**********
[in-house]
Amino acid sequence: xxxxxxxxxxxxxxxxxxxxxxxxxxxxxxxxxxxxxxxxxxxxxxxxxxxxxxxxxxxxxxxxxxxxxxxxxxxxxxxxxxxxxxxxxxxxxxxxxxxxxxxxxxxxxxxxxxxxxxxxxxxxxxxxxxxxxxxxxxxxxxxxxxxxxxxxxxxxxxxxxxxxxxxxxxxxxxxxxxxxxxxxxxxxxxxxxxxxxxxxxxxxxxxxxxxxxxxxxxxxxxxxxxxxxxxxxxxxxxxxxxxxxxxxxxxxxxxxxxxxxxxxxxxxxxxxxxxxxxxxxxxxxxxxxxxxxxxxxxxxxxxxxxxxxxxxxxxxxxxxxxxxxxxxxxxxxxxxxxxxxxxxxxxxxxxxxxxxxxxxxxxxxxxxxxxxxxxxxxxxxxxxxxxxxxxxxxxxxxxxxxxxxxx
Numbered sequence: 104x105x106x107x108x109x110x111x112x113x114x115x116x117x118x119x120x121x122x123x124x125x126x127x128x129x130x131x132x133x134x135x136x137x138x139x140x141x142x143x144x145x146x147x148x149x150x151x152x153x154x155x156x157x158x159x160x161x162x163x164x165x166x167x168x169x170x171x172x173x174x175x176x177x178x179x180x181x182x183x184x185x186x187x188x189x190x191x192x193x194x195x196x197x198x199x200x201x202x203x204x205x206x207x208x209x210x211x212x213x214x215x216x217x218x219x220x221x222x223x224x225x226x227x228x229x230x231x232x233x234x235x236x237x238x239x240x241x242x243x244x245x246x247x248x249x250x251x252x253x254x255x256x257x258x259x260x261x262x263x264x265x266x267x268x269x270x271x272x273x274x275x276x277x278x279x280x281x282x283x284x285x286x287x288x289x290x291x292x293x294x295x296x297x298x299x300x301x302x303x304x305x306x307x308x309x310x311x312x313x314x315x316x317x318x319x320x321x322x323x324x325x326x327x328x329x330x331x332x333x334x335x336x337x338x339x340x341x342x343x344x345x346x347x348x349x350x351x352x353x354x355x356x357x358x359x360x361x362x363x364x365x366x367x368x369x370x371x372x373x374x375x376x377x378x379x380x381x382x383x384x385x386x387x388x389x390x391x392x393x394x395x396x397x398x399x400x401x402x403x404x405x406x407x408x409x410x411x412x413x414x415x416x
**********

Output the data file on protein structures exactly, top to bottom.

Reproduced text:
[in-house]
Amino acid sequence: xxxxxxxxxxxxxxxxxxxxxxxxxxxxxxxxxxxxxxxxxxxxxxxxxxxxxxxxxxxxxxxxxxxxxxxxxxxxxxxxxxxxxxxxxxxxxxxxxxxxxxxxxxxxxxxxxxxxxxxxxxxxxxxxxxxxxxxxxxxxxxxxxxxxxxxxxxxxxxxxxxxxxxxxxxxxxxxxxxxxxxxxxxxxxxxxxxxxxxxxxxxxxxxxxxxxxxxxxxxxxxxxxxxxxxxxxxxxxxxxxxxxxxxxxxxxxxxxxxxxxxxxxxxxxxxxxxxxxxxxxxxxxxxxxxxxxxxxxxxxxxxxxxxxxxxxxxxxxxxxxxxxxxxxxxxxxxxxxxxxxxxxxxxxxxxxxxxxxxxxxxxxxxxxxxxxxxxxxxxxxxxxxxxxxxxxxxxxxxxxxxxxxxx
Numbered sequence: 104x105x106x107x108x109x110x111x112x113x114x115x116x117x118x119x120x121x122x123x124x125x126x127x128x129x130x131x132x133x134x135x136x137x138x139x140x141x142x143x144x145x146x147x148x149x150x151x152x153x154x155x156x157x158x159x160x161x162x163x164x165x166x167x168x169x170x171x172x173x174x175x176x177x178x179x180x181x182x183x184x185x186x187x188x189x190x191x192x193x194x195x196x197x198x199x200x201x202x203x204x205x206x207x208x209x210x211x212x213x214x215x216x217x218x219x220x221x222x223x224x225x226x227x228x229x230x231x232x233x234x235x236x237x238x239x240x241x242x243x244x245x246x247x248x249x250x251x252x253x254x255x256x257x258x259x260x261x262x263x264x265x266x267x268x269x270x271x272x273x274x275x276x277x278x279x280x281x282x283x284x285x286x287x288x289x290x291x292x293x294x295x296x297x298x299x300x301x302x303x304x305x306x307x308x309x310x311x312x313x314x315x316x317x318x319x320x321x322x323x324x325x326x327x328x329x330x331x332x333x334x335x336x337x338x339x340x341x342x343x344x345x346x347x348x349x350x351x352x353x354x355x356x357x358x359x360x361x362x363x364x365x366x367x368x369x370x371x372x373x374x375x376x377x378x379x380x381x382x383x384x385x386x387x388x389x390x391x392x393x394x395x396x397x398x399x400x401x402x403x404x405x406x407x408x409x410x411x412x413x414x415x416x